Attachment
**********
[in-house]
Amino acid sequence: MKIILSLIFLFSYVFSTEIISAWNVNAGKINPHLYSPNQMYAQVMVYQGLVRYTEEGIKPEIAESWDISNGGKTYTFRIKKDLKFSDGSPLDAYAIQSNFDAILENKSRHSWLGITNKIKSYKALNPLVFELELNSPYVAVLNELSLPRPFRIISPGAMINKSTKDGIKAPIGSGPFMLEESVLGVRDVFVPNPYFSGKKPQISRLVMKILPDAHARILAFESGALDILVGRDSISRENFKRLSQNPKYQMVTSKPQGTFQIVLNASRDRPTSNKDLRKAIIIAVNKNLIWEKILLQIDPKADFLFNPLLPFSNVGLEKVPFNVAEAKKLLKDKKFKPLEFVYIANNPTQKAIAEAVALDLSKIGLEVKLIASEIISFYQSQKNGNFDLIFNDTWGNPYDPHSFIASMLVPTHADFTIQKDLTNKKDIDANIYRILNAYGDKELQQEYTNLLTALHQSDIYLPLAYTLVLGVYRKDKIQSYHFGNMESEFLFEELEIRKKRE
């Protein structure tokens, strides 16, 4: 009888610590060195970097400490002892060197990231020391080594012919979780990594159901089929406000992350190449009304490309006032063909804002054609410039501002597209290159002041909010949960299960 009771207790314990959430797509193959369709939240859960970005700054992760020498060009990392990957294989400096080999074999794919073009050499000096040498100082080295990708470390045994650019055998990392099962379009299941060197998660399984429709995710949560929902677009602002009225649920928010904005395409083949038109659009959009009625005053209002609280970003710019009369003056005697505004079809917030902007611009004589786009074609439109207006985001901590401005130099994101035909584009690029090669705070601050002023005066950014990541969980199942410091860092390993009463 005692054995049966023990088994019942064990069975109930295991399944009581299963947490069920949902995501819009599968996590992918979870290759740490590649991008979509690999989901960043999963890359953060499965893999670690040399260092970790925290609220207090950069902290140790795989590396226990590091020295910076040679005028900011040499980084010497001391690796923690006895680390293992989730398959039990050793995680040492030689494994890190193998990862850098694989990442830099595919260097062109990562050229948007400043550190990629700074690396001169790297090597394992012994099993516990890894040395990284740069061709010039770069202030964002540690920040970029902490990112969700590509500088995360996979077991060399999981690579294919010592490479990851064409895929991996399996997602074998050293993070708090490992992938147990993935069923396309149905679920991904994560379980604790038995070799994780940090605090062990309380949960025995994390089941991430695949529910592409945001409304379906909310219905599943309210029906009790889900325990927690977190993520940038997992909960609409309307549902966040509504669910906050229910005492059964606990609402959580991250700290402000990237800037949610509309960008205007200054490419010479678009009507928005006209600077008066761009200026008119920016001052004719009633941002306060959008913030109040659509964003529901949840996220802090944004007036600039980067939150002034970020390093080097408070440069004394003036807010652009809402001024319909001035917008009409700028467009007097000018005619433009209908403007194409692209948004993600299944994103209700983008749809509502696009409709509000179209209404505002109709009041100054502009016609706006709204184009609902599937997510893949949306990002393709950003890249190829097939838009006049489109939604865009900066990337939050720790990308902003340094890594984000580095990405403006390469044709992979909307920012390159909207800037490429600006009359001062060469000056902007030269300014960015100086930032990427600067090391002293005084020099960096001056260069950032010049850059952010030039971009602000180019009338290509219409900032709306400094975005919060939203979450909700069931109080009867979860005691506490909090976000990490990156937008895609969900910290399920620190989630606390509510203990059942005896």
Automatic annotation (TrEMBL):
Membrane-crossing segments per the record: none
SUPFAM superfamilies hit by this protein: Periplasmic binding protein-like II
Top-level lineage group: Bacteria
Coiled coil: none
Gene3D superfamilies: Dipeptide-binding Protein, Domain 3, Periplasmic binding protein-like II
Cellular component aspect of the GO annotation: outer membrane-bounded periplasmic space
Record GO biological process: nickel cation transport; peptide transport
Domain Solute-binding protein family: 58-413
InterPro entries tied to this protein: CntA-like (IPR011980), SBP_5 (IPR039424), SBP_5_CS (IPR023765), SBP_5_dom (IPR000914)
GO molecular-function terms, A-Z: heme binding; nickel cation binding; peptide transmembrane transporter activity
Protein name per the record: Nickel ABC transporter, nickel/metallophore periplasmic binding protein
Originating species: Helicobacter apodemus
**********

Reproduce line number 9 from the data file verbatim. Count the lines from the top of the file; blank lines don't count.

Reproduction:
Gene3D superfamilies: Dipeptide-binding Protein, Domain 3, Periplasmic binding protein-like II